File Access Methods

The information stored in a file must be accessed and read into memory. Though there are many ways to access a file, some system provides only one method, other systems provide many methods, out of which you must choose the right one for the application.

Sequential Access Method

In this method, the information in the file is processed in order, one record after another. For example, compiler and various editors access files in this manner.

The read-next – reads the next portion of a file and updates the file pointer which tracks the I/O location. Similarly, the write-next will write at the end of a file and advances the pointer to the new end of the file.

Sequential access to File
Sequential access to File

The sequential access always reset to the beginning of the file and then starts skipping forward or backward n
records. It works for both sequential devices and random-access devices.

Direct Access Method

The other method for file access is direct access or relative access. For direct access, the file is viewed as a numbered sequence of blocks or records. This method is based on the disk model of file. Since disks allow random access to file
block.

Direct Access Method Using Index
Direct Access Method Using Index

You can read block 34, then read 45, and write in block 78, there is no restriction on the order of access to the file.
The direct access method is used in database management. A query is satisfied immediately by accessing large
amount of information stored in database files directly.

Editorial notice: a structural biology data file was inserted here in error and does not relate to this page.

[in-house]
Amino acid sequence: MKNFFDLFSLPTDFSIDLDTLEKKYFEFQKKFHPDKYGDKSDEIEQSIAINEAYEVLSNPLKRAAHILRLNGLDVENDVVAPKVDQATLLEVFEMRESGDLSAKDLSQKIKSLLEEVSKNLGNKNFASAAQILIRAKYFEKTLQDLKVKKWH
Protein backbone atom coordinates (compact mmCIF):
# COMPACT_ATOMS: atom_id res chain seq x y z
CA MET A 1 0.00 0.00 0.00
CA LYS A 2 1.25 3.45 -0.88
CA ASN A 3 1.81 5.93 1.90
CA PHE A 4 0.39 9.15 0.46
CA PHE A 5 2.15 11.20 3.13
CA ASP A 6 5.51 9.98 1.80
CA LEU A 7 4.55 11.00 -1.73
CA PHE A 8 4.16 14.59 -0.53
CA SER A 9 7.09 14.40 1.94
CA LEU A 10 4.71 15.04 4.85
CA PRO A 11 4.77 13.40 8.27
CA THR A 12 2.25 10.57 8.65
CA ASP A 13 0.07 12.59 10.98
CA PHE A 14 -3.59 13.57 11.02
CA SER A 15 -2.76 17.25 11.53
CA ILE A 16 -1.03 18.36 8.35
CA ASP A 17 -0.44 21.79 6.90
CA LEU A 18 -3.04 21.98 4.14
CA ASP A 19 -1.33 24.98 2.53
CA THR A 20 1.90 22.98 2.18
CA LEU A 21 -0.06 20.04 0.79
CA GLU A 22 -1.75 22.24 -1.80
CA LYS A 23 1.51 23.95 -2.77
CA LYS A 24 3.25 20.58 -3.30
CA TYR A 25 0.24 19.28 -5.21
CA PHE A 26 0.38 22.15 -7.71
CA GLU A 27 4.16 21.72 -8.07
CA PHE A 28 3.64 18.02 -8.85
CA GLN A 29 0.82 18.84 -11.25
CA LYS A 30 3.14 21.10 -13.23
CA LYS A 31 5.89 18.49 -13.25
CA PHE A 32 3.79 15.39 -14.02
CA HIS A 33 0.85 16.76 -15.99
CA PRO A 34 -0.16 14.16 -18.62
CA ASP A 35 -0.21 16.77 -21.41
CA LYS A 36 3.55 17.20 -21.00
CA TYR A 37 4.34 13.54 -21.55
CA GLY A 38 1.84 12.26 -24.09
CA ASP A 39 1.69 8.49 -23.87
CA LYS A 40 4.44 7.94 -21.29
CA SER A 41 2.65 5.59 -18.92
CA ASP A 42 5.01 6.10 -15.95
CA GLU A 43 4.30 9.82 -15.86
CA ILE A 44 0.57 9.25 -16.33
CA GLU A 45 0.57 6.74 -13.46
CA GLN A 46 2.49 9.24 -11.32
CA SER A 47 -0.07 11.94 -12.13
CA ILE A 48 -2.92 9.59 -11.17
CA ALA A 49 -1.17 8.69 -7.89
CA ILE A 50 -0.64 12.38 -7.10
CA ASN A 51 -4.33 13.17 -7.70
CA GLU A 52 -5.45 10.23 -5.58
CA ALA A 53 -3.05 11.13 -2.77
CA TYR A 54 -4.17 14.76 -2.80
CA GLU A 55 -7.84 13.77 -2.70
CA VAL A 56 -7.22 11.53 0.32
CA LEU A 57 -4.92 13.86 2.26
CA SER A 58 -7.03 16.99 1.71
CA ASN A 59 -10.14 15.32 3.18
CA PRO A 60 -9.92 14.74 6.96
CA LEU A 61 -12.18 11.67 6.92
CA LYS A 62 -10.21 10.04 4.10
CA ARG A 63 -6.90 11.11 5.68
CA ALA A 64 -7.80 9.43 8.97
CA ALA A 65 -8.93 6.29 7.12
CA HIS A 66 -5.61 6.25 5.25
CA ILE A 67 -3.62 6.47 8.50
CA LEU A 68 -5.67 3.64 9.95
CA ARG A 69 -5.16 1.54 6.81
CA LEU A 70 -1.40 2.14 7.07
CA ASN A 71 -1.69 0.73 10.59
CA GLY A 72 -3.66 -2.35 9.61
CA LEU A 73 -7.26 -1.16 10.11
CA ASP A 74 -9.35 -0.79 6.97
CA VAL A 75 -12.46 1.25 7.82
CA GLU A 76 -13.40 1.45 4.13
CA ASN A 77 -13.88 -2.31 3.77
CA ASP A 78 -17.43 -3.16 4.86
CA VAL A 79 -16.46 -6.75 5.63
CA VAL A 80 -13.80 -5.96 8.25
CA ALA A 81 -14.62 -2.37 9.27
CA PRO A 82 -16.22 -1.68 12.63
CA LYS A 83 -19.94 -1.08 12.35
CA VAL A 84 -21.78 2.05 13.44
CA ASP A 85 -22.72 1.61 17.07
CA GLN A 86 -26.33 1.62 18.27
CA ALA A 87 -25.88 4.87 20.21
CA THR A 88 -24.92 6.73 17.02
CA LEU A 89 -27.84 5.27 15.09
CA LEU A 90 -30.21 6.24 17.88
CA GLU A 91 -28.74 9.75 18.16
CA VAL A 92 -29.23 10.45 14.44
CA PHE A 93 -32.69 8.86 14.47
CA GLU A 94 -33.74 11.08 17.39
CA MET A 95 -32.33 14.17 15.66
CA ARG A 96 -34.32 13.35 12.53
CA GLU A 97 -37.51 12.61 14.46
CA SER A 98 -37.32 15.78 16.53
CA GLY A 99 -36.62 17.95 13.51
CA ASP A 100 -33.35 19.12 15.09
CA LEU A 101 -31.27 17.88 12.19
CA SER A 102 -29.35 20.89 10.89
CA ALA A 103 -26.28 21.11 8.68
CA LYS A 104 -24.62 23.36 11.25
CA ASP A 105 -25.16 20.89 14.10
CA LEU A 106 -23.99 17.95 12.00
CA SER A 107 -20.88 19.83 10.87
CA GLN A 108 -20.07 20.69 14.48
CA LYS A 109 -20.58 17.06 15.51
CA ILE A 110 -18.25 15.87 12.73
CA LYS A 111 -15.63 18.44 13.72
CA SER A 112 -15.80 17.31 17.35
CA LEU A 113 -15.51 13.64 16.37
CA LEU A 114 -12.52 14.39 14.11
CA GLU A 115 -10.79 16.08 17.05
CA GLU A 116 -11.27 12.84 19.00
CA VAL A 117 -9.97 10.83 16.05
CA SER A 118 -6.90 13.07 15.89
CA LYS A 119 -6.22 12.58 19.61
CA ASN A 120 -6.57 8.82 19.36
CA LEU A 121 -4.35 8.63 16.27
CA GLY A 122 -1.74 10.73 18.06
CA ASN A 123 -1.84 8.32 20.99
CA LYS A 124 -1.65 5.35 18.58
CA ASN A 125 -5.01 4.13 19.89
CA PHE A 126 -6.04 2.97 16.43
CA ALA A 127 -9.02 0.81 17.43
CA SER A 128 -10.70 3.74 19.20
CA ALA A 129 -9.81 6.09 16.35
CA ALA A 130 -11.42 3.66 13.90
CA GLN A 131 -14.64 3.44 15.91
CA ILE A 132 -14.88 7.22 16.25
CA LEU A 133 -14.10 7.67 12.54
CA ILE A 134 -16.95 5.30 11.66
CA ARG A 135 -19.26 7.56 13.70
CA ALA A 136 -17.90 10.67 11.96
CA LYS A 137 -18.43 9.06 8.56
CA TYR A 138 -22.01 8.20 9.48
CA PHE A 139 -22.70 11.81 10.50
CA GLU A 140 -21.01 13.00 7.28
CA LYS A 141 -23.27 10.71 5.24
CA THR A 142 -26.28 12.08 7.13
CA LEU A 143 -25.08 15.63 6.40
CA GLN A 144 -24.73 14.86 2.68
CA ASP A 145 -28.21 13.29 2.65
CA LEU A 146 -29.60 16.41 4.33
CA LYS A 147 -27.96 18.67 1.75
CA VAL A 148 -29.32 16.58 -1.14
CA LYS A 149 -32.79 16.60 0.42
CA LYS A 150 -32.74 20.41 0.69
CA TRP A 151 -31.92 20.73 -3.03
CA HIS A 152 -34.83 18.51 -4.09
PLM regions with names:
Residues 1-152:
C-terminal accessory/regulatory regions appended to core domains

The database maintains an index of blocks which contains the block number. This block can be accessed directly and
information is retrieved.

The File Operations For Direct Access

Rather than read next or write next, the direct access method pass the block number as the parameter for read and write operations.

read n
write m

For example,

read 34
write 56

This is very similar to sequential access, but in addition to reading, the position the pointer to block 36 before a read
or write operation.

The block number is a relative block number which is an index relative to the beginning of the file. Therefore, block 0
is the first relative block. The absolute disk location of the block may be 3553 and 4556 for the next block. This helps
OS decide the placement of the file on the disk called the allocation problem.

If user requests for a record N and a record length is L, then the system should read or write from L * (N) within the
file.

Not all systems provide sequential and direct-access. They either provide sequential access or direct access. Some
system request access method information when the file is created. The access to the file depends on the
declarations on these type of systems.

References

Abraham Silberschatz, Peter B. Galvin, Greg Gagne (July 29, 2008) Operating System Concepts, 8 edn., : Wiley.


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